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Byron Shire
July 7, 2022

Byron Council’s $10,000 emergency housing response

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A team of volunteers who have helped hundreds of locals left homeless by the floods find temporary accommodation will finally be paid for their work, after Byron Council promised to find $10,000 in funding.

The volunteers sprang into action almost immediately after the first flood struck on 28 February, setting up at the Mullumbimby Civic Hall to help match people with suitable emergency accommodation.

More than two months later, the team, which is now operating under the auspices of the Mullumbimby District Neighbourhood Centre, continues to be among the most effective emergency housing and accommodation services in the region.

Funding for ten weeks

At last Thursday’s Byron Council meeting councillors unanimously passed a motion to support this work.

This included allocating $10,000 from a ‘suitable grant funding source’ so that the team could be paid for the next ten weeks, and providing help with communications.

‘The best way for us to help is to provide financial support,’ Byron Shire Mayor, Michael Lyon, told the meeting.

‘We’re hoping to see some of the temporary housing pods promised by the State government arrive within the next four to eight weeks, so this allocation will at least support the Neighbourhood Centre until then.’

How to limit short-term holiday letting?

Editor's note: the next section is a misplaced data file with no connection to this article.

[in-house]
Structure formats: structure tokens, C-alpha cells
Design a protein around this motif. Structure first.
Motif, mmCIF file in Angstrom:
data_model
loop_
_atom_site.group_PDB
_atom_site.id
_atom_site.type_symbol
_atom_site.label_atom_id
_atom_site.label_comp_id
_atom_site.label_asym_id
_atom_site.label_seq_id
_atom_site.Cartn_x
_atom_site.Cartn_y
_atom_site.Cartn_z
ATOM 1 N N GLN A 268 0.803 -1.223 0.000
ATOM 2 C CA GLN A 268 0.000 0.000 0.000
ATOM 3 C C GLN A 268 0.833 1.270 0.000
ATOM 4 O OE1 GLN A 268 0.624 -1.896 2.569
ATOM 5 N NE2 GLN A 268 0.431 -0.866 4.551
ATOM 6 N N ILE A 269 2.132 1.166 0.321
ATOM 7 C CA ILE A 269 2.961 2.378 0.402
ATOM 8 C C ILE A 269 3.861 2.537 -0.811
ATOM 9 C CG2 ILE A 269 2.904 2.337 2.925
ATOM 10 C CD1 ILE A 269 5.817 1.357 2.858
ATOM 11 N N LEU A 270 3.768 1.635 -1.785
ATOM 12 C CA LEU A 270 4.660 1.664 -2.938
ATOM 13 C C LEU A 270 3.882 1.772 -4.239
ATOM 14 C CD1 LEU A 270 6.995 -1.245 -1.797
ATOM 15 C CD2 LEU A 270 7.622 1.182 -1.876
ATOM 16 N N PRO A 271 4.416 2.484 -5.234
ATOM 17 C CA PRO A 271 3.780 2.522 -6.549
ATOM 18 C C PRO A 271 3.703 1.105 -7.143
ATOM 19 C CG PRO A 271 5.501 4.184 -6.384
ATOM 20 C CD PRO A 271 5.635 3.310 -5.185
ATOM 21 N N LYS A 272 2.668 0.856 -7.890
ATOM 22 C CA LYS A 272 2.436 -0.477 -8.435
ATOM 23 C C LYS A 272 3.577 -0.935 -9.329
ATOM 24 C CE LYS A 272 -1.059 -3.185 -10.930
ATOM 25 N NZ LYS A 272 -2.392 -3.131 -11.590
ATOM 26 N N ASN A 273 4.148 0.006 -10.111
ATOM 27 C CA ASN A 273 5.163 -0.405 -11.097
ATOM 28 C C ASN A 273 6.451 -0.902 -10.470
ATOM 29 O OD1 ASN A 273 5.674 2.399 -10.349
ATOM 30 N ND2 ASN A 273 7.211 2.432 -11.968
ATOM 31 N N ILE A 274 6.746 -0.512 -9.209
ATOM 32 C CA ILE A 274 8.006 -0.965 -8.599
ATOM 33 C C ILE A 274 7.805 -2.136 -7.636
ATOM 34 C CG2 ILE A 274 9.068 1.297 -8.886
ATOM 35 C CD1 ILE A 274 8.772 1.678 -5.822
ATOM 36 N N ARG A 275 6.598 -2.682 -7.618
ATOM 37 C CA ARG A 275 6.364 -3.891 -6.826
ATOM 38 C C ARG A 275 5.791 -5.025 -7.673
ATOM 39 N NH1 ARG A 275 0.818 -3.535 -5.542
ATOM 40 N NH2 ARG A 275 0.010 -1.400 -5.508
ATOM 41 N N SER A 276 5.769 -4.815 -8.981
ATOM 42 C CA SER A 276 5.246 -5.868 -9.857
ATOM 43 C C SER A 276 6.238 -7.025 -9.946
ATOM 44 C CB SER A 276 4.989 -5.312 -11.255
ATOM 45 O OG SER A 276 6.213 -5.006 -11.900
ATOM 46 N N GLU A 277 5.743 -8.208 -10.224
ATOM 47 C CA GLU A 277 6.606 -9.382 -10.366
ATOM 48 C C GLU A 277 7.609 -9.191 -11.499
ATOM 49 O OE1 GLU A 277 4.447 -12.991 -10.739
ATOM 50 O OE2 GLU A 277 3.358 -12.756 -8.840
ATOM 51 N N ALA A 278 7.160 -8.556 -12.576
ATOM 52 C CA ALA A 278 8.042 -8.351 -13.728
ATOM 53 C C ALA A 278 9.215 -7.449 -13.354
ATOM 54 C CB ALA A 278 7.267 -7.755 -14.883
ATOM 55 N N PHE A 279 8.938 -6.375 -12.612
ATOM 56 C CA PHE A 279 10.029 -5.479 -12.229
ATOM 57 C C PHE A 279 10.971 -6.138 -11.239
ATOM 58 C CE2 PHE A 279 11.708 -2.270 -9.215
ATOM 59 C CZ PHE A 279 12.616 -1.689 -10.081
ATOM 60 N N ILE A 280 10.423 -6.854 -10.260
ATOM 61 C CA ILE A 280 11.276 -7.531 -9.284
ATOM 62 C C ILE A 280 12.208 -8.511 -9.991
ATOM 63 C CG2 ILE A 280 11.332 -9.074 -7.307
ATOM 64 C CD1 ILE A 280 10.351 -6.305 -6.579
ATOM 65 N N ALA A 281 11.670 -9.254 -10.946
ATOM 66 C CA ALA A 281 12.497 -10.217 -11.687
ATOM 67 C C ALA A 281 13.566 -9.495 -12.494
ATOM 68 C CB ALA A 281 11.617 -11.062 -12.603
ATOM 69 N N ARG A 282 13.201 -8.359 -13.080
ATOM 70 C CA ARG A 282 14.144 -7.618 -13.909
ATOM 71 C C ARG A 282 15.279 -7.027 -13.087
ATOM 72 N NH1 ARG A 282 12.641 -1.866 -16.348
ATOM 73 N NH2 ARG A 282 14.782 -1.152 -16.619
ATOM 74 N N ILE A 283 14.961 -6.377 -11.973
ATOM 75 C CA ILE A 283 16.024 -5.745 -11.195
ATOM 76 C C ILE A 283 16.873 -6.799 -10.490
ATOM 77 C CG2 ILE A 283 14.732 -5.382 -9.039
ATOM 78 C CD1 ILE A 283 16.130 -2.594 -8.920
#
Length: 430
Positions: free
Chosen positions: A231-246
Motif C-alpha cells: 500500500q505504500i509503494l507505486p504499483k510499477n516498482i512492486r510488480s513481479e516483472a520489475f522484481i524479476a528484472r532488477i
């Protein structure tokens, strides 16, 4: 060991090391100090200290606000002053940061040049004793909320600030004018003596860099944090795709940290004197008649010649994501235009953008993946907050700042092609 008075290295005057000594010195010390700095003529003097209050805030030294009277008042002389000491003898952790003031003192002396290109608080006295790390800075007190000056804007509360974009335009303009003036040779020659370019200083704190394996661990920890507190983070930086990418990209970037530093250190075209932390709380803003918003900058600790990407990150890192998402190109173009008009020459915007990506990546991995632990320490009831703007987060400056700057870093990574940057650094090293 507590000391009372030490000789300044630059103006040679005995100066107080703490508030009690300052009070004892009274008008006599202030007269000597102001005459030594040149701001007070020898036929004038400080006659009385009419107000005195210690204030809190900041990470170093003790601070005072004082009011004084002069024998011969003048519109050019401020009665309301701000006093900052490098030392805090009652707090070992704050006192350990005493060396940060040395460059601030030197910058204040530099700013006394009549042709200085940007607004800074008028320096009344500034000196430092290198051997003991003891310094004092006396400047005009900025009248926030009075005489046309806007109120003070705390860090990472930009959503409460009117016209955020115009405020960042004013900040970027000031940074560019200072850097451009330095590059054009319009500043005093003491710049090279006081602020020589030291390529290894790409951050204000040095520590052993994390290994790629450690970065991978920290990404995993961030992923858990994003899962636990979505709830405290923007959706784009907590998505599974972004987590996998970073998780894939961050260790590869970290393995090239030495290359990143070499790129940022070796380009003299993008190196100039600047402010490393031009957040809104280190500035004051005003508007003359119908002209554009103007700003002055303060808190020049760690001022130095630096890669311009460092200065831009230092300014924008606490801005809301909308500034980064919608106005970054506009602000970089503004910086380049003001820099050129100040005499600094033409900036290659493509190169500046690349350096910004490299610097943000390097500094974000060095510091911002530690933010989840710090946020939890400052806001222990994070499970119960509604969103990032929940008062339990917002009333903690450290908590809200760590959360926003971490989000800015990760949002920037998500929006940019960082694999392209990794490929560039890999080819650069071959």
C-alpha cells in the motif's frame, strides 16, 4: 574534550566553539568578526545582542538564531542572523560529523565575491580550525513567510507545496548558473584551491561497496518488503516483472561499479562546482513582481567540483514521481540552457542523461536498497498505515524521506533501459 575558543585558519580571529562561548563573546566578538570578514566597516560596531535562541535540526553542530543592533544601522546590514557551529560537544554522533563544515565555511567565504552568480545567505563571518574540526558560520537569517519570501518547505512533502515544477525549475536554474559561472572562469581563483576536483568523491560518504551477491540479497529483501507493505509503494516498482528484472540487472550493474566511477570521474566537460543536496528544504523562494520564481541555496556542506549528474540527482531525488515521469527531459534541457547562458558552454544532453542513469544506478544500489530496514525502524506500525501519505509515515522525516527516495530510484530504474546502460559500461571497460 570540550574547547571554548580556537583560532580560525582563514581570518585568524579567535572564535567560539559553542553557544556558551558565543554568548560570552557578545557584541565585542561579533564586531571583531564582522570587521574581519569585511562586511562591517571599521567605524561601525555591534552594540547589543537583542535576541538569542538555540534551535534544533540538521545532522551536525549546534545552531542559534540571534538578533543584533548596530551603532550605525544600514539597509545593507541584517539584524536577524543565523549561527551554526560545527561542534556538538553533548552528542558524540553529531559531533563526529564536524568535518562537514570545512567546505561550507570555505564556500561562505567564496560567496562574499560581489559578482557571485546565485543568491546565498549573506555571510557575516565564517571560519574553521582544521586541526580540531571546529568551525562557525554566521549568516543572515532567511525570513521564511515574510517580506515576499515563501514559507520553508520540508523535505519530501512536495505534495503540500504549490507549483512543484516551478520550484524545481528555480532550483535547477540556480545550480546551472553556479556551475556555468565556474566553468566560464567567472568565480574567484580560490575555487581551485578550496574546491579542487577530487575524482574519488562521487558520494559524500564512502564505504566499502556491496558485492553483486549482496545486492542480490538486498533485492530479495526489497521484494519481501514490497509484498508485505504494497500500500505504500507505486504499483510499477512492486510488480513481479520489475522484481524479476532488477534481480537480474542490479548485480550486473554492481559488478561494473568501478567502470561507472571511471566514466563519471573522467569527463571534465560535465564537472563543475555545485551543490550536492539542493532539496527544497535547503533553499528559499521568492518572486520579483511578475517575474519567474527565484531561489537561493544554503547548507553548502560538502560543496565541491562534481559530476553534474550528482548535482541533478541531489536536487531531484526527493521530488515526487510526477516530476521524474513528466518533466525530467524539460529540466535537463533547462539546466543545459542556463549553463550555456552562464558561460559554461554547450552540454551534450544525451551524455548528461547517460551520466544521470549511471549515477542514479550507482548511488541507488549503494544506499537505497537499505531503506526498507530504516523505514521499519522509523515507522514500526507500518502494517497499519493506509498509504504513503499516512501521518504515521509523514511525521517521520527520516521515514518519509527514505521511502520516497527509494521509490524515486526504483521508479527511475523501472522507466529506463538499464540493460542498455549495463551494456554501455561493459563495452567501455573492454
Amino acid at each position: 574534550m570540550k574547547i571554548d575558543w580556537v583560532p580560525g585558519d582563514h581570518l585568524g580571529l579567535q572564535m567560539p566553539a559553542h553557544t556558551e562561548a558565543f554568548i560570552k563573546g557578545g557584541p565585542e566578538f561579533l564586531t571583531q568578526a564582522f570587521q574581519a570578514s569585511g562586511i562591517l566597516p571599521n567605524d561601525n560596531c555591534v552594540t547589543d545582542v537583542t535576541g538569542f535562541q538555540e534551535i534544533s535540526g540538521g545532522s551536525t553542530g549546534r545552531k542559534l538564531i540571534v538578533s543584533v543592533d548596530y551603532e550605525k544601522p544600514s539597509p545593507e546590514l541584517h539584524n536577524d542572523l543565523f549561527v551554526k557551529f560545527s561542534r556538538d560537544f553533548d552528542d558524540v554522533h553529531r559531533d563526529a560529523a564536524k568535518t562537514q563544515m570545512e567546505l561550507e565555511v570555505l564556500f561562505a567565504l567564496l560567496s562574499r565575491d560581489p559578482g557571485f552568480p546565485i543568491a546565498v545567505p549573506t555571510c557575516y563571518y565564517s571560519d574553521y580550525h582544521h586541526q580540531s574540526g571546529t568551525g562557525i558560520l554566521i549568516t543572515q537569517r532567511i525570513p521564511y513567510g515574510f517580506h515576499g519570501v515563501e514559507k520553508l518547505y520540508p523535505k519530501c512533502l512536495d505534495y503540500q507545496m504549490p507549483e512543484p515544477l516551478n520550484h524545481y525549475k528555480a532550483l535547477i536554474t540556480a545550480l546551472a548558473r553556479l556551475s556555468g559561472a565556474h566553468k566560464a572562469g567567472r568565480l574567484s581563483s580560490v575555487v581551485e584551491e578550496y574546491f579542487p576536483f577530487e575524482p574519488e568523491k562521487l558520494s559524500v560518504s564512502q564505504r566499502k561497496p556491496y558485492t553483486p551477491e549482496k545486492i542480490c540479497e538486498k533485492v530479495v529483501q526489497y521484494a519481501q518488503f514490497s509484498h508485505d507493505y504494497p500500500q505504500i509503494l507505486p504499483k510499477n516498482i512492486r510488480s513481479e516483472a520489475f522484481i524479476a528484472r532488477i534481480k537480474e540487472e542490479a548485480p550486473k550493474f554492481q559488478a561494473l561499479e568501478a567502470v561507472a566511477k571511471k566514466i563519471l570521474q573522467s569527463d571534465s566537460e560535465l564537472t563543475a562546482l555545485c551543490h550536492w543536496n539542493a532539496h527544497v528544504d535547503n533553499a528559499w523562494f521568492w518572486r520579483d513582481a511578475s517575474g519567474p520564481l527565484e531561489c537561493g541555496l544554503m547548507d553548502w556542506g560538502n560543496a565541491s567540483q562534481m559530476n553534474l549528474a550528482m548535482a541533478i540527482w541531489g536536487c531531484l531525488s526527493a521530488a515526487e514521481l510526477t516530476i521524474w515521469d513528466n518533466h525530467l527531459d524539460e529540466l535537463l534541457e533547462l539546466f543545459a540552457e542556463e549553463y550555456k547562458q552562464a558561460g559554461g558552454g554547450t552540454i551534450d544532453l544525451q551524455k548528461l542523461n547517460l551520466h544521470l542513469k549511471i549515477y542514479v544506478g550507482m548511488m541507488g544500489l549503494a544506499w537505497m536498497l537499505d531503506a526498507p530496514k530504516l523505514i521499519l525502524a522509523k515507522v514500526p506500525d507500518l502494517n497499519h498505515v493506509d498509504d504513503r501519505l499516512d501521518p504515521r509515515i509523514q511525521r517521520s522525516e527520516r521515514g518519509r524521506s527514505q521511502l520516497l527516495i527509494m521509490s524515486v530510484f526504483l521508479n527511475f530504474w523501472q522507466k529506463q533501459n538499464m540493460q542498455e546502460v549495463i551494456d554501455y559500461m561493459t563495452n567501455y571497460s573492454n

In addition to this promise, councillors resolved to once again explore whether the Council had legal powers to limit short-term holiday letting in the Shire as a way of moving these dwellings into the Shire’s desperately understocked long-term rental market.

This is not the first time Council has pursued this course, with previous attempts largely proving fruitless.

Councillors spent nearly two hours debating the question of how the Council could best assist the efforts to provide housing to those affected by the floods.

Independent Councillor Mark Swivel moved a much larger and more extensive motion on the issue, which included the use of community and church halls as temporary accommodation, and developing a model for community organisations and private landowners to provide accommodation for up to ten people without a development application.

‘Trying to avoid people sleeping in their cars is what motivates this proposal,’ Councillor Swivel said of his motion.

‘We need to do everything we can to keep these members of our community close to home and close to work.’

But Councillor Swivel’s motion was voted down by a majority of councillors.


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